As the User moves between floor levels, this view of the "current 3 floors" should move dynamically up and down also.

 

And the User should then be able to just input his values / or tick his choices, DIRECTLY into that diagram - which dynamically changes accordingly. 

 

This is dialog box is pretty much the most important - and useful - dialog at the beginning of a project.   In ONE diagram, a LOT of the project defaults are both visible and accessible.  There is no hunting around into several disparate windows to try and solve a problem.  The User can immediately see the full picture, and directly intervene, and confirm that his intervention is doing what he wanted.

 

In this ONE diagram, the User could also have the opportunity to set some important defaults right there as well.  For example, the User could also visually set the window sill appearances, as well as the initial top and bottom window default heights.  Same for the door heights.

 

And of course, the User must be able to VISUALLY set which feature is LINKED to which other feature eg THIS wall height is linked to THAT surface of THAT slab or Floor.  It must be visually clear where the linkages/relationships are (by similar color-coding or special symbols).  And it must be easy to click and change them at will.

 

So the INITIAL opening view in this dialog box looks just like one of Wes' Sectional Views in his example worksheet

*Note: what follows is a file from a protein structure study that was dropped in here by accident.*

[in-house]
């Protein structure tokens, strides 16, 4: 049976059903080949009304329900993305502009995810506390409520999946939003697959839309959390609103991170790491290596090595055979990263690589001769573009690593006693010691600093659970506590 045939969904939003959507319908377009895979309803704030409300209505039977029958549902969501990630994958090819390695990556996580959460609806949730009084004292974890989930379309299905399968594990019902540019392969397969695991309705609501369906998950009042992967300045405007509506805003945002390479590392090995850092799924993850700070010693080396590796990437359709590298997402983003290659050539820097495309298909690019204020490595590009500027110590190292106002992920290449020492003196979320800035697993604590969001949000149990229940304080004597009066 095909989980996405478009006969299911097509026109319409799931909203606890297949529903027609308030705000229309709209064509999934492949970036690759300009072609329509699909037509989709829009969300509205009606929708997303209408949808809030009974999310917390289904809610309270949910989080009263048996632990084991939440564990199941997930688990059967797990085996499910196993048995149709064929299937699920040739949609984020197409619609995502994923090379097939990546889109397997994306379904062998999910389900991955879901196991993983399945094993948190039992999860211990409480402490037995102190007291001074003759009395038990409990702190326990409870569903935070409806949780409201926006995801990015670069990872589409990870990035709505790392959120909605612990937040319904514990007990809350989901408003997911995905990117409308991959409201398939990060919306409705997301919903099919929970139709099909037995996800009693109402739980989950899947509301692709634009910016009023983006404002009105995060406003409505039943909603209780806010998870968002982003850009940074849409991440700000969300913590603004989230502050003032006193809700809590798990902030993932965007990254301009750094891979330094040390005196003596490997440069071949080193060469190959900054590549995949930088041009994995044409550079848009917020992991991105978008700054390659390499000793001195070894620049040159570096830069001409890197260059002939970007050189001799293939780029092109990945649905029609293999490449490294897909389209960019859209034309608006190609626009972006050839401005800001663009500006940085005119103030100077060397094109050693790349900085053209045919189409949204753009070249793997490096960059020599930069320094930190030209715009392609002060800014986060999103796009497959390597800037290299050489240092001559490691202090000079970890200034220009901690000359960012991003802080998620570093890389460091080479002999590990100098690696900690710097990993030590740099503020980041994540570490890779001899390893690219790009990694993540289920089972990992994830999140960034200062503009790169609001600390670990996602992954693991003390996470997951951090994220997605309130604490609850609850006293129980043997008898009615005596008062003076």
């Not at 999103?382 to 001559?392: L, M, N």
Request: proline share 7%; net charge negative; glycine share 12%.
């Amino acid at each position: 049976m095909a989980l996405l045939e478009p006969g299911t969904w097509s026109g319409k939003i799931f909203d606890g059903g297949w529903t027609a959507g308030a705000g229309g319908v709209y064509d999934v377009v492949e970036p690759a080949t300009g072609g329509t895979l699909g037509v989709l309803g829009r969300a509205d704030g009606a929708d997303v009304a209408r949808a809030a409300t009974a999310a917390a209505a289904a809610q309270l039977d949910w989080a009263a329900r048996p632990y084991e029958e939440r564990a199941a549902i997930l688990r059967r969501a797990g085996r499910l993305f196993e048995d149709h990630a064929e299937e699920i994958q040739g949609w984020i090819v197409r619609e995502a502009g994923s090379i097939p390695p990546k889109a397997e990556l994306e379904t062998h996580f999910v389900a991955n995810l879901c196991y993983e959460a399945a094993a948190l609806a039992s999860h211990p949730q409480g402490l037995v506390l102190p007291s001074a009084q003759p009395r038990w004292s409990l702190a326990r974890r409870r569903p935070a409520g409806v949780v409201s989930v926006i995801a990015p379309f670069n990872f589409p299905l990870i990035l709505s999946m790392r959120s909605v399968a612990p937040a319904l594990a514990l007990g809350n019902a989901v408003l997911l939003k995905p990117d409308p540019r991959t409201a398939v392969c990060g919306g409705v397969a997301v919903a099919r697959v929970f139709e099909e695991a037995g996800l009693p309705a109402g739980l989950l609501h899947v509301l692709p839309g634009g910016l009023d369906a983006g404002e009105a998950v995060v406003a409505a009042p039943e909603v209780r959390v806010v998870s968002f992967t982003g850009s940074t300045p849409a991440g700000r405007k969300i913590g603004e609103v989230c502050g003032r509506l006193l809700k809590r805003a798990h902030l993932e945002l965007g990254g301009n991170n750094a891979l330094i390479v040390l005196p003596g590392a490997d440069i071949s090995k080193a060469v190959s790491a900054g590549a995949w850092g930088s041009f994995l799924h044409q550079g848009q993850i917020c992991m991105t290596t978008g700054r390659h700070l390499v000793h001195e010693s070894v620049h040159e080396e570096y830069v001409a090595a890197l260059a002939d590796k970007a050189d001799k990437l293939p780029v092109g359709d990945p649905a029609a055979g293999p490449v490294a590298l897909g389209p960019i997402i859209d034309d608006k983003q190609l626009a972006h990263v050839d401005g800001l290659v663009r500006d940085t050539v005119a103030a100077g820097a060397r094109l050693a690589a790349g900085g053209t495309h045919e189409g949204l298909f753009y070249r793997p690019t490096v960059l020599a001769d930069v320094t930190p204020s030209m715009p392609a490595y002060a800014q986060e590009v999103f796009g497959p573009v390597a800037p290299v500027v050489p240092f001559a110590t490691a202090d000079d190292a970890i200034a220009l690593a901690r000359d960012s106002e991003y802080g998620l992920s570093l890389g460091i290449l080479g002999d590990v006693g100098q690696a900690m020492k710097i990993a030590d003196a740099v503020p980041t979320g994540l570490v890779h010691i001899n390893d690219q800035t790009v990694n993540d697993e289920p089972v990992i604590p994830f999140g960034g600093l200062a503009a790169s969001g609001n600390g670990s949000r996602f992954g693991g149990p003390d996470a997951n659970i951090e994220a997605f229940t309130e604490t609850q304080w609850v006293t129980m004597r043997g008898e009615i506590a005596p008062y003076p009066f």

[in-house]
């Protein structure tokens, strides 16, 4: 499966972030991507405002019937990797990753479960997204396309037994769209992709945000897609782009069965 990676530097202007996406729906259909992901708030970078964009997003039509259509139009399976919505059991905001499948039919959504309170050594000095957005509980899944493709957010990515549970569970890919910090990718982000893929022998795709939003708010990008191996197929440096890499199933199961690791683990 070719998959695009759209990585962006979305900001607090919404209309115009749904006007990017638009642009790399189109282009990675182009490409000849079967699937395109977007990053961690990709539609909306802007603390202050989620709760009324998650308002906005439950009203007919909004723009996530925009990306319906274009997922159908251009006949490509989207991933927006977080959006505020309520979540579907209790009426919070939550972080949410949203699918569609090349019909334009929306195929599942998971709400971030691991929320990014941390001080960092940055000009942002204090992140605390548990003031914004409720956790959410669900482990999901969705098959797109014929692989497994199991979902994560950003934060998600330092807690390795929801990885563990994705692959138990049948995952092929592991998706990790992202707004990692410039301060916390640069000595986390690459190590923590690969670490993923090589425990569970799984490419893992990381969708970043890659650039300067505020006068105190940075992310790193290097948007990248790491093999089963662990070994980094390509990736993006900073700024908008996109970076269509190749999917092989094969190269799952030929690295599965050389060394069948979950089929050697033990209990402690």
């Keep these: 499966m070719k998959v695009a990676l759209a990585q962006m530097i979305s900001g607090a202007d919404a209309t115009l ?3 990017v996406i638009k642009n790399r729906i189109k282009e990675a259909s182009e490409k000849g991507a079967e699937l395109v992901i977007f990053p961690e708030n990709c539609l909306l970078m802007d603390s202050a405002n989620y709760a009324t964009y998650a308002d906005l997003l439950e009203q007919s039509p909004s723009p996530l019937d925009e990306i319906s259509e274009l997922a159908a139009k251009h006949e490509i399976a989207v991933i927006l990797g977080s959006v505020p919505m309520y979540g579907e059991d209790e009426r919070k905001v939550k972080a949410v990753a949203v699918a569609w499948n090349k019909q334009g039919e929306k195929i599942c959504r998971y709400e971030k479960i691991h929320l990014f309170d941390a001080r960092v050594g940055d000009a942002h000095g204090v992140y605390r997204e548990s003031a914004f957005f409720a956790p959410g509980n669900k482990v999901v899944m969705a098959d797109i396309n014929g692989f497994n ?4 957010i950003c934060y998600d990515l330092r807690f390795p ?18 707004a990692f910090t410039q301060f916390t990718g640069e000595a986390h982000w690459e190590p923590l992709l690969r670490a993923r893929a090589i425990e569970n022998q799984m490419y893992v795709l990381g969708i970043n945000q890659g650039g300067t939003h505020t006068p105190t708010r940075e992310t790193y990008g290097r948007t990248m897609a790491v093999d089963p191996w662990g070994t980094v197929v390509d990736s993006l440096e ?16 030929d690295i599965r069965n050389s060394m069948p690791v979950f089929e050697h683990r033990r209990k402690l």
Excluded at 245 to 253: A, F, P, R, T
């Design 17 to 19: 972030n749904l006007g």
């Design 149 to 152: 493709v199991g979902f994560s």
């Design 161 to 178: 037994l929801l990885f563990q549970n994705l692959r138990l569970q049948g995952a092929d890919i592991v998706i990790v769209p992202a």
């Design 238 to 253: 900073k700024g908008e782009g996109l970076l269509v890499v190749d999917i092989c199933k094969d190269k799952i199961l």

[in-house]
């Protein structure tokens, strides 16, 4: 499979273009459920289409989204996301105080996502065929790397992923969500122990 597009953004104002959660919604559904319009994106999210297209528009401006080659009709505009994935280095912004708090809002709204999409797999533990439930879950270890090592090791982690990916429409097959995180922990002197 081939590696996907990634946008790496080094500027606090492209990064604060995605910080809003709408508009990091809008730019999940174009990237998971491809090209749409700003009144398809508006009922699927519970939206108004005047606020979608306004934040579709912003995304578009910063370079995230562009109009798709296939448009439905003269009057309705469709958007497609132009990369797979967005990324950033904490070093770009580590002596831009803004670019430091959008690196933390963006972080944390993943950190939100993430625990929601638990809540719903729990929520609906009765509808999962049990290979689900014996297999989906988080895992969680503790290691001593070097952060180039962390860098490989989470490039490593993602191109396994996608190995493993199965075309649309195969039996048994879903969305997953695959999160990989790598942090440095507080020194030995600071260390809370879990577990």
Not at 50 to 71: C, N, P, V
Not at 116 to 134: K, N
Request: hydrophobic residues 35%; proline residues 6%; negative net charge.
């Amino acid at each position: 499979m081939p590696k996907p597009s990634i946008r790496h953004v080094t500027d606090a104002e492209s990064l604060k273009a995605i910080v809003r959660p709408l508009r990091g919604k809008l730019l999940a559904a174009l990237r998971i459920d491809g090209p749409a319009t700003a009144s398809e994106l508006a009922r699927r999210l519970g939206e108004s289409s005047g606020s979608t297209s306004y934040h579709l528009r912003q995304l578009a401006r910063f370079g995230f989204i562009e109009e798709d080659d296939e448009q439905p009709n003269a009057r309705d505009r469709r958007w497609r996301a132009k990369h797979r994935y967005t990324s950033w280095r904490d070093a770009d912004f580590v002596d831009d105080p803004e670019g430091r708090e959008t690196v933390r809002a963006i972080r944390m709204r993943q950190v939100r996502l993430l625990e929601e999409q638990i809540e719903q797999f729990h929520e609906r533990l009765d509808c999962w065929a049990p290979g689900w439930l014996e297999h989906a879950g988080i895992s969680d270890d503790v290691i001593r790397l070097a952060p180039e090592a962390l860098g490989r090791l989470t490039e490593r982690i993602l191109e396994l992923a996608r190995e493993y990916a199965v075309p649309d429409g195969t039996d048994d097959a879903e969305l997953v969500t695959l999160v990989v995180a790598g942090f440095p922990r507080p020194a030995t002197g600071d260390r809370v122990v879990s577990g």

And just as Wes has provided several sample worksheets, so too should there be an initial dropdown list from which the User can select his initial basic "Section View" setup.  He should then be able to subsequently save his final adjustments as a custom setting or favorite, and be able to call this up later for other projects.  And be able to export it to his colleagues for their own use.  And likewise, import similar from other users.

 

Section View - MSW - Residential (16 Dec 2016).pdf

Edited by Jonnoxx
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Sometime things look like a rant but at the end it means that someone really cares about something.

 

Design-Layer-Level-that-needs-no-Story

 

Seems I come from the opposite site and immediately an idea is arising,

Levels and Stories need no more Layers :)

While it may be the same at the end.

 

With Stories, Layers degrade from their "Where" to another dimension of a Classes "What".

So to say a "What +" as the Story defines the new "Where".

 

So your "no Story Level" make sense, as it is the same.

I just think for organization purposes, when files get crowded, and even legacy reasons, a separation

between Stories and Layers makes still sense.

Story-less Levels, at the end just means you just need to have 1 single Story at file's Z= 0,00 m.

Or your base level Story if you have more of them, which could be just a default for any File Template.

 

That way my wish for extra Levels outside of Stories (Facade Boards and such things) could be done

in the current system but there is a wish for a separation as you want to hide these from your normal

Story aware PIO's Level Settings Dialogs.

(So no new feature from VW internals but a UI separation of the functionality already there)

 

I do not know if Story/Levels are available for Spotlighters and Landscapers at all, but I think they are

also as useful there. Maybe in most cases there's no need for more than 1 Story for them, but Levels, yes.

 

 

In you case Benson, where Layers with Z values only still work fine,

I understand the wish to not need Stories but want to have Levels as it is easier.

But I think it is ok to force you to set your 3 Stories one time and forget them - bang.